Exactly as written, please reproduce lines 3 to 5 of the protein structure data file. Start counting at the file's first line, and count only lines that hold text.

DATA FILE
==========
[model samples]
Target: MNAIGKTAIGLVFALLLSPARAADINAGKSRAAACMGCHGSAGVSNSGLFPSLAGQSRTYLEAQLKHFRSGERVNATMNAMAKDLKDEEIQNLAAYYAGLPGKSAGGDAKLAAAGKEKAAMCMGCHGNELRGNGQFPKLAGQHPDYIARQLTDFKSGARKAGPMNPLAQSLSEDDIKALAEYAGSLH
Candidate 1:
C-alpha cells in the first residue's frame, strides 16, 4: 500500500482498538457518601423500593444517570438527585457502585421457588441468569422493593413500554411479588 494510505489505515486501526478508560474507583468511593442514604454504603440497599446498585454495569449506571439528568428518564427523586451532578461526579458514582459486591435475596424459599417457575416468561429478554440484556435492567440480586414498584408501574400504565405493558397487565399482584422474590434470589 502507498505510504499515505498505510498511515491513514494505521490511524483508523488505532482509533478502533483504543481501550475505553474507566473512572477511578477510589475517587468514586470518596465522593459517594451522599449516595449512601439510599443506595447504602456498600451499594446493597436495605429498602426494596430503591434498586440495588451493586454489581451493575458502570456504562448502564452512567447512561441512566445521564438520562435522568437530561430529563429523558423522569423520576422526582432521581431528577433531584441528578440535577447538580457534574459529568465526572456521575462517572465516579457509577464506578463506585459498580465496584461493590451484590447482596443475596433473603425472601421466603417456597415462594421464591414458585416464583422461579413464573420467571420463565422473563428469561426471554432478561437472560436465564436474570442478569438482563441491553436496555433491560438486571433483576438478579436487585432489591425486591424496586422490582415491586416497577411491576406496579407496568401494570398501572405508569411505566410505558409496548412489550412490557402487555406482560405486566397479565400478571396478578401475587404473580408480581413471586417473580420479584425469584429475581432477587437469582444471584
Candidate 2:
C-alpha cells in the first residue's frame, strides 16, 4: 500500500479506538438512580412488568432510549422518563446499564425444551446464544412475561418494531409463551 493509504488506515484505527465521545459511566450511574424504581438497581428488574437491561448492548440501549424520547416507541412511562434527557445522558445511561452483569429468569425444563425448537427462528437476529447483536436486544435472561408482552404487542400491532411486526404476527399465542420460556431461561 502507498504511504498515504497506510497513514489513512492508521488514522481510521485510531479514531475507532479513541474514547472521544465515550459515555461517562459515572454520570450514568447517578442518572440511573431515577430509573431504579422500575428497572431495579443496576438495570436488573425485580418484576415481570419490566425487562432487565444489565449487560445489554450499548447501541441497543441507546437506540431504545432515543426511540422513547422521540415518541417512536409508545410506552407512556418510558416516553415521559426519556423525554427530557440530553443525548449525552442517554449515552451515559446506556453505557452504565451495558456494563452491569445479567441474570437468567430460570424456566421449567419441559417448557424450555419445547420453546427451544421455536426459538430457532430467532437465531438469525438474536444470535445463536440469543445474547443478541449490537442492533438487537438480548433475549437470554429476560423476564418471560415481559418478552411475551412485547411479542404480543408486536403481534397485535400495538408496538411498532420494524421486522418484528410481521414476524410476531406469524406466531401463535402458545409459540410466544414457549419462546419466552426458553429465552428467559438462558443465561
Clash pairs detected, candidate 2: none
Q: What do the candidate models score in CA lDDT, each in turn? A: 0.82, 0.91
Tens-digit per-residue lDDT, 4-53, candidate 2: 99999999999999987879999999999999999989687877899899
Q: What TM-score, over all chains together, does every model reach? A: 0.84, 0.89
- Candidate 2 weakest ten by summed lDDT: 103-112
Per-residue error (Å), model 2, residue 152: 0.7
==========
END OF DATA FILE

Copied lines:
Candidate 1:
C-alpha cells in the first residue's frame, strides 16, 4: 500500500482498538457518601423500593444517570438527585457502585421457588441468569422493593413500554411479588 494510505489505515486501526478508560474507583468511593442514604454504603440497599446498585454495569449506571439528568428518564427523586451532578461526579458514582459486591435475596424459599417457575416468561429478554440484556435492567440480586414498584408501574400504565405493558397487565399482584422474590434470589 502507498505510504499515505498505510498511515491513514494505521490511524483508523488505532482509533478502533483504543481501550475505553474507566473512572477511578477510589475517587468514586470518596465522593459517594451522599449516595449512601439510599443506595447504602456498600451499594446493597436495605429498602426494596430503591434498586440495588451493586454489581451493575458502570456504562448502564452512567447512561441512566445521564438520562435522568437530561430529563429523558423522569423520576422526582432521581431528577433531584441528578440535577447538580457534574459529568465526572456521575462517572465516579457509577464506578463506585459498580465496584461493590451484590447482596443475596433473603425472601421466603417456597415462594421464591414458585416464583422461579413464573420467571420463565422473563428469561426471554432478561437472560436465564436474570442478569438482563441491553436496555433491560438486571433483576438478579436487585432489591425486591424496586422490582415491586416497577411491576406496579407496568401494570398501572405508569411505566410505558409496548412489550412490557402487555406482560405486566397479565400478571396478578401475587404473580408480581413471586417473580420479584425469584429475581432477587437469582444471584
Candidate 2: